Researchers have shifted in recent years from explanations that posit overt discrimination as the causal mechanism producing gender inequity, to more subtle forms of favoritism and/or barriers to advancement. Working in the latter tradition, we focus on how subtle sex biases help to produce inequality anew in the academy, through nonconscious beliefs and attitudes that operate through workplace interactions, and through the use of subjective policies and procedures institutionalized in the academic workplace. We examine these issues with qualitative and quantitative data from an Arts & Sciences (A&S) unit of a public research university. We use descriptive, quantitative data to assess the extent to which unequal gender outcomes persist in aggregate, and qualitative interview and survey data to gain insight into how specific mechanisms of inequity produce and maintain those outcomes.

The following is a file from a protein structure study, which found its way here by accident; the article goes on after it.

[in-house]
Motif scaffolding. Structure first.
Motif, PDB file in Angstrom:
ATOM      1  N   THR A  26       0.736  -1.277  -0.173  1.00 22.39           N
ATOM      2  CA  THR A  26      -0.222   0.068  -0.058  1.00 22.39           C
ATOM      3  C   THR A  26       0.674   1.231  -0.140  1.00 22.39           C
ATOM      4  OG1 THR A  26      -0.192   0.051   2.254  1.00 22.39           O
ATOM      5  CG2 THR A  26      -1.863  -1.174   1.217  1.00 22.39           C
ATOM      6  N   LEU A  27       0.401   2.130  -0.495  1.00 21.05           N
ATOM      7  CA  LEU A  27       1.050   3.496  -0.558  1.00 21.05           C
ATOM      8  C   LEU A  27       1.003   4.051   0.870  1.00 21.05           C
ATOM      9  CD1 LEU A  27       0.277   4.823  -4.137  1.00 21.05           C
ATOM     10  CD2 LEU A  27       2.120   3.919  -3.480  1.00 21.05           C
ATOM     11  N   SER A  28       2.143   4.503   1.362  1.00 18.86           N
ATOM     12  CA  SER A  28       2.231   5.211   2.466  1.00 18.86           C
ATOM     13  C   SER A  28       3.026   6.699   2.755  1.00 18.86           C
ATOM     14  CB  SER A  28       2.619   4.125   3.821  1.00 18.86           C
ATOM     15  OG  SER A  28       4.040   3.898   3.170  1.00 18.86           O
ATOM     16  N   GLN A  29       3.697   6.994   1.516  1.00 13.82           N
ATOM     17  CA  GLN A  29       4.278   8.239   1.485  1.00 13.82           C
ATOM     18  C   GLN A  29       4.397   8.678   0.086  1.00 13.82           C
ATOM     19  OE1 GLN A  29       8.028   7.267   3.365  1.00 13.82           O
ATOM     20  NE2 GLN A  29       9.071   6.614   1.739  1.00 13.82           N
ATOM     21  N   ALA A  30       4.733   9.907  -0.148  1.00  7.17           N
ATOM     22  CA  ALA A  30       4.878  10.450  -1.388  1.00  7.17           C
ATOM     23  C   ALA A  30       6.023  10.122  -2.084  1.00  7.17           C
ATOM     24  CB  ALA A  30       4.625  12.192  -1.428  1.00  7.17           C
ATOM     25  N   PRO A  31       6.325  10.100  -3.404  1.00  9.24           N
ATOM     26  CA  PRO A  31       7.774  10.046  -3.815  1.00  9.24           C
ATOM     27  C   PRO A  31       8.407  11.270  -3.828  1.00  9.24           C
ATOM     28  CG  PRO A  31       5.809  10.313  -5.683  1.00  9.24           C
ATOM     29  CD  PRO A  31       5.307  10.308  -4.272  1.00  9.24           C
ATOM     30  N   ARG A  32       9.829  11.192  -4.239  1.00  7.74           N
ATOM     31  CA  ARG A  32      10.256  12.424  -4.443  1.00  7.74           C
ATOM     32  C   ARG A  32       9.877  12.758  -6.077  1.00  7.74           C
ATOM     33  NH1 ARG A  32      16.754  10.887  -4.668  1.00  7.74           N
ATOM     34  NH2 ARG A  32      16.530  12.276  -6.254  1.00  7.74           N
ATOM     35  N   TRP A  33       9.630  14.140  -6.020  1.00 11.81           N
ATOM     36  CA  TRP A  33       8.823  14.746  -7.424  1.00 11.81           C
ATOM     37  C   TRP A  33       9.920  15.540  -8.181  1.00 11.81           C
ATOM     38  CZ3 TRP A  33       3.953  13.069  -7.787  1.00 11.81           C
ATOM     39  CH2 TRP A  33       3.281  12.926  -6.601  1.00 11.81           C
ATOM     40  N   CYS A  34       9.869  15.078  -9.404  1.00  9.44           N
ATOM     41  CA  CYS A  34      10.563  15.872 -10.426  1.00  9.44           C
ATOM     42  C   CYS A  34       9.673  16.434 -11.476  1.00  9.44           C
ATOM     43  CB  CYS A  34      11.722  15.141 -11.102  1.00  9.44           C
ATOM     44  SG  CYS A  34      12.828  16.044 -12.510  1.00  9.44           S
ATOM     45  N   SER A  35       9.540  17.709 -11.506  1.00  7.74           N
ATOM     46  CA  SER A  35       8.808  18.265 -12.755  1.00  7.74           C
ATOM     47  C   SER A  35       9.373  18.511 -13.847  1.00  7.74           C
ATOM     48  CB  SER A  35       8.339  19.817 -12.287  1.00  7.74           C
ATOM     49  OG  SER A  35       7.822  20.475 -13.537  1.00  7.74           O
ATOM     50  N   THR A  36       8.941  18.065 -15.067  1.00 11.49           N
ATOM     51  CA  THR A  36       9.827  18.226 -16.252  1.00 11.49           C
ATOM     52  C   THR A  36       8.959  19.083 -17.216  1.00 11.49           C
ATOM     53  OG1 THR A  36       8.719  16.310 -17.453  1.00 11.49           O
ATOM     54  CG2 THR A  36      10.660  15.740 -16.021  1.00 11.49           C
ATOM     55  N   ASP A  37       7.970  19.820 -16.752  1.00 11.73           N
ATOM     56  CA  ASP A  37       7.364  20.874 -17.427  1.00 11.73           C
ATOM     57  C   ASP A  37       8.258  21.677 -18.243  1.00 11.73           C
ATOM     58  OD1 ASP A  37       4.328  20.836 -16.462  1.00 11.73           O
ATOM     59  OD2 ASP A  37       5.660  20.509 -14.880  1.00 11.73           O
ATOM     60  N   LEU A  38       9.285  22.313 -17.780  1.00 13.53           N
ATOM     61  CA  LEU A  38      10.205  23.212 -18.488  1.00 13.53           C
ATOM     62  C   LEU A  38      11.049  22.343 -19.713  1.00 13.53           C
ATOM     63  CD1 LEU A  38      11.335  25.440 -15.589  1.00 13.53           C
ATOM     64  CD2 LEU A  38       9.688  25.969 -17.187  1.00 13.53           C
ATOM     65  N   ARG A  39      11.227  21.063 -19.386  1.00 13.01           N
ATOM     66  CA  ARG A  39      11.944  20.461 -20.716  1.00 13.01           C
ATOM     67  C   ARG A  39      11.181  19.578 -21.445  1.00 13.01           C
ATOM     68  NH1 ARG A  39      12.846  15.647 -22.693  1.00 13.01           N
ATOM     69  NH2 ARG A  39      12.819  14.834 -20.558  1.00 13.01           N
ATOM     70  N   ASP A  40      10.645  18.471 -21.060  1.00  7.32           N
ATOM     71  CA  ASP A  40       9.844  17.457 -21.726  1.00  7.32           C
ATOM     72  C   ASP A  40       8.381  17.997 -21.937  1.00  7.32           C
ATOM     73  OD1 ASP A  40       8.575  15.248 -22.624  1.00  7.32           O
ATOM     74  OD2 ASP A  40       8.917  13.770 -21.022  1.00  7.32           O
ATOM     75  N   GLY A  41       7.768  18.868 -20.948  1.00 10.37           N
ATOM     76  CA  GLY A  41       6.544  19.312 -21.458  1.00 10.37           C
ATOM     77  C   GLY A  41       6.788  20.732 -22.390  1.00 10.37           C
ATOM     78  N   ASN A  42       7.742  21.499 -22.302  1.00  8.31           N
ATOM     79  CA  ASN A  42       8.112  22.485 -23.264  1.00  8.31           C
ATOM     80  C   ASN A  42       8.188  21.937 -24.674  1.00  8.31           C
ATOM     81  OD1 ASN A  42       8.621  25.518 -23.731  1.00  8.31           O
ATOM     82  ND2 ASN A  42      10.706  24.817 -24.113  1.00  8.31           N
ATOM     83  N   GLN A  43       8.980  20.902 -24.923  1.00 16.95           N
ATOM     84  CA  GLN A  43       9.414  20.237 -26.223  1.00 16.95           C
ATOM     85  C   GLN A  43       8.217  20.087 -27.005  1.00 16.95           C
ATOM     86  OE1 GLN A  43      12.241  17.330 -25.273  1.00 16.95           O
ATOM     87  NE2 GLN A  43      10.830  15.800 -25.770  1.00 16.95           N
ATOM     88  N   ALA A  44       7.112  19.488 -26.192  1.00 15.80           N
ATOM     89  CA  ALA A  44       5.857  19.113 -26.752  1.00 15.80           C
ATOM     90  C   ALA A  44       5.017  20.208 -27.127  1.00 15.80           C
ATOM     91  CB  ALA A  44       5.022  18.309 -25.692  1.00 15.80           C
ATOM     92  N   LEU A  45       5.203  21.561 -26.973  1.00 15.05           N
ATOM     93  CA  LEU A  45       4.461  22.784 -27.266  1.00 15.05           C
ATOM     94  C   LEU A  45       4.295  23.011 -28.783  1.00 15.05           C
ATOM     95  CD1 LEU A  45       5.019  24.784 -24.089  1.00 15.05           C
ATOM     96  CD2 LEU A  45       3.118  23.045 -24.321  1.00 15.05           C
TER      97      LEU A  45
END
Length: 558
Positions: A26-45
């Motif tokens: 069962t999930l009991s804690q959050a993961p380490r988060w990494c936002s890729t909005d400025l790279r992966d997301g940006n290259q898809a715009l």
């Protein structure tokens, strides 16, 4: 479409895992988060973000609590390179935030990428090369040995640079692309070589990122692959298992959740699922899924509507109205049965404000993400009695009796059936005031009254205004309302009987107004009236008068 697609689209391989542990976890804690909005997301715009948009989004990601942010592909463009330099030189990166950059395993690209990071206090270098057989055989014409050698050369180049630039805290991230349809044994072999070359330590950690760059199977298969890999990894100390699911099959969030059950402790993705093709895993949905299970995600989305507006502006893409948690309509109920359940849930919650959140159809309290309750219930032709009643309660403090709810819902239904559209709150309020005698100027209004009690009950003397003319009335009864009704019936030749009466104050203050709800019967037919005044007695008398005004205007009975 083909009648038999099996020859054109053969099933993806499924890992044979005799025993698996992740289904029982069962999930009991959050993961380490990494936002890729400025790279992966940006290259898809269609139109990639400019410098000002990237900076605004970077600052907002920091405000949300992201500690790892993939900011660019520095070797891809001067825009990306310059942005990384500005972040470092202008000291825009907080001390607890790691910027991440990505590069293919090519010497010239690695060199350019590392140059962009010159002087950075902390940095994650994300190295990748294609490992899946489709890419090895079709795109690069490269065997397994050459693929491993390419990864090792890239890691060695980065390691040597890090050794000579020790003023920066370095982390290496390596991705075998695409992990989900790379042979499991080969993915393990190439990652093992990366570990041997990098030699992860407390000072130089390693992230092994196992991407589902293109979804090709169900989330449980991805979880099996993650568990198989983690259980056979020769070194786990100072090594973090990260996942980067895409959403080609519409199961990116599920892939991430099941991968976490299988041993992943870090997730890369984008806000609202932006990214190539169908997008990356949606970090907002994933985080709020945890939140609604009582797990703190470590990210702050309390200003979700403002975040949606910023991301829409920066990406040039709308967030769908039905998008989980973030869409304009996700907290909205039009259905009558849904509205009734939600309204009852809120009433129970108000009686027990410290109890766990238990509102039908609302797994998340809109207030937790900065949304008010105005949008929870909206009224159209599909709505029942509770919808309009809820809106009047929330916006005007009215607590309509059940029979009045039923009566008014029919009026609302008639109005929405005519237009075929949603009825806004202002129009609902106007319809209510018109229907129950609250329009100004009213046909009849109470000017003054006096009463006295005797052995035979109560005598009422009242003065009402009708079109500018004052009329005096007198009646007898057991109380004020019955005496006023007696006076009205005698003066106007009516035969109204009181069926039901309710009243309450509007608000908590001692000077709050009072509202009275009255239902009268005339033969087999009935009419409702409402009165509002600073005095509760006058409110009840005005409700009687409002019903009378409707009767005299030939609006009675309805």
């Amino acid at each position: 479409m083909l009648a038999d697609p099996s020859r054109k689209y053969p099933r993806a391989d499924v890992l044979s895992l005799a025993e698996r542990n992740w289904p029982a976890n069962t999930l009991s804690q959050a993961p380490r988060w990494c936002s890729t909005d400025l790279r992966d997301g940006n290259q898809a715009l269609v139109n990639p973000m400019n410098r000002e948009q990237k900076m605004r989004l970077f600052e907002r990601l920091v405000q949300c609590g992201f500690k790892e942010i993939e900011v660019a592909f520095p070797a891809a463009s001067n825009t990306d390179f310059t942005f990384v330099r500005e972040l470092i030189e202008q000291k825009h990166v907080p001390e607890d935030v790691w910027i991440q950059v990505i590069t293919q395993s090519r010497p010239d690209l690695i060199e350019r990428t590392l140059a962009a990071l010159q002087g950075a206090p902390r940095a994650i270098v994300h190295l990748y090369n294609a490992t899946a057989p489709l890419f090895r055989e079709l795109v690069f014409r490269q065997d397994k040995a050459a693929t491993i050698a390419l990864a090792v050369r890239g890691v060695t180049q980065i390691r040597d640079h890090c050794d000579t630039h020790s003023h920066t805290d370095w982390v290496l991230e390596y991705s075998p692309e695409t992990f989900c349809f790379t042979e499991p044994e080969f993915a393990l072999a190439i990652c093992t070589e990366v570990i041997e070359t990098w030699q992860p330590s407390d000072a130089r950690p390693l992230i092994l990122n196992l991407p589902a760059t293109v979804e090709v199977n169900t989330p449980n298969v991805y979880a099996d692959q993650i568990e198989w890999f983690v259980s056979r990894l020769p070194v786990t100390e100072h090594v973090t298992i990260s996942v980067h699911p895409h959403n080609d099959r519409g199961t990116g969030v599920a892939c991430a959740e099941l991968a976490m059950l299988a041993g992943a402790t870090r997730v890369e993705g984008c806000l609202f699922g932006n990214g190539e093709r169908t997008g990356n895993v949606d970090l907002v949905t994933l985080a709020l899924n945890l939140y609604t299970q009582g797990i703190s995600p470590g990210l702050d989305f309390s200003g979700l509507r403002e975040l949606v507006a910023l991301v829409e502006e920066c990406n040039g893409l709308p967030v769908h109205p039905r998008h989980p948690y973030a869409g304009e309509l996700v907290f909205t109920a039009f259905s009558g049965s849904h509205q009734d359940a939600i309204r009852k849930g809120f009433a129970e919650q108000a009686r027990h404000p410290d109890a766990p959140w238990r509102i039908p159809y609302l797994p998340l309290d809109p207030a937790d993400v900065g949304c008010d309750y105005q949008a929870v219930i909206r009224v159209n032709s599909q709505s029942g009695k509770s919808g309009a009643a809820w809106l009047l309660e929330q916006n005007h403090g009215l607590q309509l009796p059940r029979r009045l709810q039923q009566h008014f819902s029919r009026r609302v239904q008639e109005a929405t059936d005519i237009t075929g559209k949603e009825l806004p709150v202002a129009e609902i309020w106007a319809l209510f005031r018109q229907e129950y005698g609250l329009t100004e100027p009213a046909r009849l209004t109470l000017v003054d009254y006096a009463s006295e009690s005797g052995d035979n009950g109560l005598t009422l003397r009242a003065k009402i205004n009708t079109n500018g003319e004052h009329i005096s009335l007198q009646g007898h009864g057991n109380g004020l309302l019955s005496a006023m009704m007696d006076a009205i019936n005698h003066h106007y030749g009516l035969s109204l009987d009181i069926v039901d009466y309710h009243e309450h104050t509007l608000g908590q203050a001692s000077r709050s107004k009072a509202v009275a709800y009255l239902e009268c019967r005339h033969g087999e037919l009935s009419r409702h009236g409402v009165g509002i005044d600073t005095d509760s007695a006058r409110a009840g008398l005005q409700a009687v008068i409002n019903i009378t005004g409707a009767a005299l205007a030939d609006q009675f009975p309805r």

ASJC Scopus subject areas
- Social Sciences (miscellaneous)
- Gender inequity
- Higher education
- Subtle discrimination